Are Americans ready to deal with Syria's chemical weapons?
On Monday, Obama strongly warned Syrian leader Bashar al-Assad not to use chemical weapons as rebels advance on Damascus. What is the national interest in threatening US action? Obama must sort out the moral purpose.
The rationale for any US intervention in Syria may be important for Americans to know sooner rather than later. Intense fighting has erupted around Damascus. President Bashar al-Assad appears dangerously cornered. On Monday, Mr. Obama seemed to tip his hand more strongly on the moral versus self-interest question. He warned Mr. Assad that “there will be consequences and you will be held accountable” if the Syrian Army uses its stockpile of chemical weapons.
The weapons pose little or no threat to the American homeland. Yet Obama’s moral stance on Syria’s weapons of mass destruction – similar to his tough warnings to Iran about building a nuclear bomb – has pushed him to promise a response in Syria that is only lightly veiled as one involving force. That contrasts with no threat of US force to end Assad’s killing of tens of thousands of civilians.
Obama’s last use of force against a country started with a moral goal – to protect mass slaughter in the Libyan city of Benghazi by Muammar Qaddafi’s Army in 2011. As that goal was achieved, American forces then went further. They flushed out Mr. Qaddafi from hiding, resulting in his killing. Today, Obama cites the military result in Libya as a victory for the advance of democracy in the Middle East – highlighting another moral purpose in his strategy toward the region.
In recent decades, the United States has often conflated national interests with moral purpose. The confusion can often result in difficult debates at home about the best use of resources.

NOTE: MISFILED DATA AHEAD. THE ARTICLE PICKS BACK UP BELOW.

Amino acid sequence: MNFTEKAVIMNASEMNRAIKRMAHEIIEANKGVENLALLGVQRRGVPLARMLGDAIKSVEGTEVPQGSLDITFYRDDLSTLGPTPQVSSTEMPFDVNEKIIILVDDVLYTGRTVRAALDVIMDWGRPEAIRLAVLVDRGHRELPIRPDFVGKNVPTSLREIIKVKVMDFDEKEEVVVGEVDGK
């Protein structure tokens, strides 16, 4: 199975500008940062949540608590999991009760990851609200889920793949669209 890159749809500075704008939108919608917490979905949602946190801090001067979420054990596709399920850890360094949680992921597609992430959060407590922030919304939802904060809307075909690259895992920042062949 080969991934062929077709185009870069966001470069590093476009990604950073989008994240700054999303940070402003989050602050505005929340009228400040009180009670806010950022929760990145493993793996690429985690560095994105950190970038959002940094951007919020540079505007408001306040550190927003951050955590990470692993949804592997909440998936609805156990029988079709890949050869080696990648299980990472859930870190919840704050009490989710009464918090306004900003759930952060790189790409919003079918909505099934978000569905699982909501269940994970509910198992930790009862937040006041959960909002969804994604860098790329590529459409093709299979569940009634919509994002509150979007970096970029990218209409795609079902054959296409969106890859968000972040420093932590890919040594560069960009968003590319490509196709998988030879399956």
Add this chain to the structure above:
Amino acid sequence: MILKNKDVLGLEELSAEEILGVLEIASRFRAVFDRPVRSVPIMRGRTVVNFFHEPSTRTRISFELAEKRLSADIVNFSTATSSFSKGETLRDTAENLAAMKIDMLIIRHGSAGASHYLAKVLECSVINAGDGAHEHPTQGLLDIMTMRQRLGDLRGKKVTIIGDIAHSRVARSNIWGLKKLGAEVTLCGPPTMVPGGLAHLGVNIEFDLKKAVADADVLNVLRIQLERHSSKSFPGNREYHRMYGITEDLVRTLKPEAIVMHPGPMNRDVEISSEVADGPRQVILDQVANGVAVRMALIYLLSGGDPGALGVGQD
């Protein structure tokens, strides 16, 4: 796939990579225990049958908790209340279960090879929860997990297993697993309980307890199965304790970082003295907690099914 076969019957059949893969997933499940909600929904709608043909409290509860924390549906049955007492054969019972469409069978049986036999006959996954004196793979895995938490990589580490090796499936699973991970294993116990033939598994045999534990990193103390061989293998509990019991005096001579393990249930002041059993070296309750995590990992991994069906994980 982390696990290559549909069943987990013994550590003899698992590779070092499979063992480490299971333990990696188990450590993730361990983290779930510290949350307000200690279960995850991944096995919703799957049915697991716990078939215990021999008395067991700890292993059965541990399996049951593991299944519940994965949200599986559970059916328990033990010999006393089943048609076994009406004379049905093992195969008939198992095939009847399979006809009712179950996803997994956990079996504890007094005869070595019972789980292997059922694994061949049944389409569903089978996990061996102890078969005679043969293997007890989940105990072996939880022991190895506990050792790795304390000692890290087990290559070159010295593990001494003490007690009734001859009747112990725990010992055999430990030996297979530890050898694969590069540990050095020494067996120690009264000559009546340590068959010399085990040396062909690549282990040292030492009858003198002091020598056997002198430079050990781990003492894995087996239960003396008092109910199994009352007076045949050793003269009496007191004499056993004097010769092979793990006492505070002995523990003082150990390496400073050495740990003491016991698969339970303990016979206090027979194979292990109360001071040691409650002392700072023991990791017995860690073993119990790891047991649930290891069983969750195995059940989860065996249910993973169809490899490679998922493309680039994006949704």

When Iraq invaded Kuwait in 1990, President George H.W. Bush argued for an invasion on the grounds of both protecting Persian Gulf oil supplies and defending the principle of national sovereignty in the world. In 2001, his son led a post-9/11 invasion of Afghanistan both to capture Al Qaeda leaders and also to save that country from Islamic autocracy and to uphold women’s rights. Then in 2003, he led the US in an invasion of Iraq, both to promote democracy in the Middle East and to prevent Iraq from ever helping Al Qaeda obtain weapons of mass destruction for use in another terrorist attack on the US.
The US posture toward Iran’s nuclear program remains mainly a moral one: to prevent a nuclear arms race in the Middle East and protect Israel. To a much lesser degree, Obama cites human rights violations in Iran. But with Iranian missiles possibly able to reach US troops in Europe soon, Obama is deploying a missile shield in the region. And oil supplies also remain a concern.
Now Syria poses yet another possibility of an American president needing to clarify his goals in the use of force. The US has spotted the movement of chemical weapons by the Assad regime. And Russians report Assad seems desperate about his future, trapped by advancing rebel forces and his own Alawite minority that insists he not flee.
A US president not only needs to sort out the moral goals from the national interests in such situations, he also must take heed of public opinion. Polls show Americans eager to exit Afghanistan and avoid intervention in Syria. Yet more than half want the US to stand up to Iran.
America’s historical role as both the world’s occasional moral policeman and a country that pursues its narrow interests is in need of constant reevaluation. Syria’s near-collapse is a prime moment to do so again. A clear speech on Syria by Obama, followed by a debate in Congress, might prevent any unwise steps by the US in Syria.